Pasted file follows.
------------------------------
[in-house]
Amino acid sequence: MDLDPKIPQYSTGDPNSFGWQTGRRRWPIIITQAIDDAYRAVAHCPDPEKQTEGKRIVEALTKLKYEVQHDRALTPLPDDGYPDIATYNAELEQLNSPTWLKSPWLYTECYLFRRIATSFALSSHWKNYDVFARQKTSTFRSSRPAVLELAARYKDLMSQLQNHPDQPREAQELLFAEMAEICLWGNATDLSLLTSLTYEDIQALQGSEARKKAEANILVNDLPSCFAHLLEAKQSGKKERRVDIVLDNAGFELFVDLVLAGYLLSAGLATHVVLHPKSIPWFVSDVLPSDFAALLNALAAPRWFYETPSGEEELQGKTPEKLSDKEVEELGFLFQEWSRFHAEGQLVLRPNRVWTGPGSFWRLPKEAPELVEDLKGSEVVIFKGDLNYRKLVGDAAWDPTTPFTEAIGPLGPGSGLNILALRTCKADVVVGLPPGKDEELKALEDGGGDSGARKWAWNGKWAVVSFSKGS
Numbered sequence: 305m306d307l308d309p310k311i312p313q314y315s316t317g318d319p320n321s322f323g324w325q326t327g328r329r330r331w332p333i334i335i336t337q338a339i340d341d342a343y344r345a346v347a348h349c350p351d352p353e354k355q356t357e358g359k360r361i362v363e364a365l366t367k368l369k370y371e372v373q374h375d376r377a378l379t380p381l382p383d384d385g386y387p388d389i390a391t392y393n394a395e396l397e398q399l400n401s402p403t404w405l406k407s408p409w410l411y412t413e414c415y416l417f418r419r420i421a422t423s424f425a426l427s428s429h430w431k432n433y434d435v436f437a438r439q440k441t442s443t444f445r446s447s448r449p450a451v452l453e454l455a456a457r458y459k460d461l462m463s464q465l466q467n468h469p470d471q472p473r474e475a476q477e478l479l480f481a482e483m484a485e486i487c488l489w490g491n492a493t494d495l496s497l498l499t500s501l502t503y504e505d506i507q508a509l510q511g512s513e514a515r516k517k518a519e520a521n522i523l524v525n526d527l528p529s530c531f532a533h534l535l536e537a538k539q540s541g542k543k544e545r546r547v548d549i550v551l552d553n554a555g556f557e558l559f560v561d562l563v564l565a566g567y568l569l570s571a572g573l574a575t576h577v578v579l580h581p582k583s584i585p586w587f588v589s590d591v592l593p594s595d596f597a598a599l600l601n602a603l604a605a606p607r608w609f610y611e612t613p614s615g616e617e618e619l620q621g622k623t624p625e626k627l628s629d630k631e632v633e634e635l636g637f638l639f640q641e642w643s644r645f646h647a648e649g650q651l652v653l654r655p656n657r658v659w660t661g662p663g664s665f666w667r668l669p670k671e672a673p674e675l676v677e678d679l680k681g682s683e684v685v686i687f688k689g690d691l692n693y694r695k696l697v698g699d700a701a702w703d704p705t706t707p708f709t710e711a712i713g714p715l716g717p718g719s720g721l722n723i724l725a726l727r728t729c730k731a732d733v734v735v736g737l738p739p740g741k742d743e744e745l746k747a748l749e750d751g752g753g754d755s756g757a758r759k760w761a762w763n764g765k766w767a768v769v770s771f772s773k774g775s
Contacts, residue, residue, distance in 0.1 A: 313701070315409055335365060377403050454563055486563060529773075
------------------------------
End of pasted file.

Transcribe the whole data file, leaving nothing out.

[in-house]
Amino acid sequence: MDLDPKIPQYSTGDPNSFGWQTGRRRWPIIITQAIDDAYRAVAHCPDPEKQTEGKRIVEALTKLKYEVQHDRALTPLPDDGYPDIATYNAELEQLNSPTWLKSPWLYTECYLFRRIATSFALSSHWKNYDVFARQKTSTFRSSRPAVLELAARYKDLMSQLQNHPDQPREAQELLFAEMAEICLWGNATDLSLLTSLTYEDIQALQGSEARKKAEANILVNDLPSCFAHLLEAKQSGKKERRVDIVLDNAGFELFVDLVLAGYLLSAGLATHVVLHPKSIPWFVSDVLPSDFAALLNALAAPRWFYETPSGEEELQGKTPEKLSDKEVEELGFLFQEWSRFHAEGQLVLRPNRVWTGPGSFWRLPKEAPELVEDLKGSEVVIFKGDLNYRKLVGDAAWDPTTPFTEAIGPLGPGSGLNILALRTCKADVVVGLPPGKDEELKALEDGGGDSGARKWAWNGKWAVVSFSKGS
Numbered sequence: 305m306d307l308d309p310k311i312p313q314y315s316t317g318d319p320n321s322f323g324w325q326t327g328r329r330r331w332p333i334i335i336t337q338a339i340d341d342a343y344r345a346v347a348h349c350p351d352p353e354k355q356t357e358g359k360r361i362v363e364a365l366t367k368l369k370y371e372v373q374h375d376r377a378l379t380p381l382p383d384d385g386y387p388d389i390a391t392y393n394a395e396l397e398q399l400n401s402p403t404w405l406k407s408p409w410l411y412t413e414c415y416l417f418r419r420i421a422t423s424f425a426l427s428s429h430w431k432n433y434d435v436f437a438r439q440k441t442s443t444f445r446s447s448r449p450a451v452l453e454l455a456a457r458y459k460d461l462m463s464q465l466q467n468h469p470d471q472p473r474e475a476q477e478l479l480f481a482e483m484a485e486i487c488l489w490g491n492a493t494d495l496s497l498l499t500s501l502t503y504e505d506i507q508a509l510q511g512s513e514a515r516k517k518a519e520a521n522i523l524v525n526d527l528p529s530c531f532a533h534l535l536e537a538k539q540s541g542k543k544e545r546r547v548d549i550v551l552d553n554a555g556f557e558l559f560v561d562l563v564l565a566g567y568l569l570s571a572g573l574a575t576h577v578v579l580h581p582k583s584i585p586w587f588v589s590d591v592l593p594s595d596f597a598a599l600l601n602a603l604a605a606p607r608w609f610y611e612t613p614s615g616e617e618e619l620q621g622k623t624p625e626k627l628s629d630k631e632v633e634e635l636g637f638l639f640q641e642w643s644r645f646h647a648e649g650q651l652v653l654r655p656n657r658v659w660t661g662p663g664s665f666w667r668l669p670k671e672a673p674e675l676v677e678d679l680k681g682s683e684v685v686i687f688k689g690d691l692n693y694r695k696l697v698g699d700a701a702w703d704p705t706t707p708f709t710e711a712i713g714p715l716g717p718g719s720g721l722n723i724l725a726l727r728t729c730k731a732d733v734v735v736g737l738p739p740g741k742d743e744e745l746k747a748l749e750d751g752g753g754d755s756g757a758r759k760w761a762w763n764g765k766w767a768v769v770s771f772s773k774g775s
Contacts, residue, residue, distance in 0.1 A: 313701070315409055335365060377403050454563055486563060529773075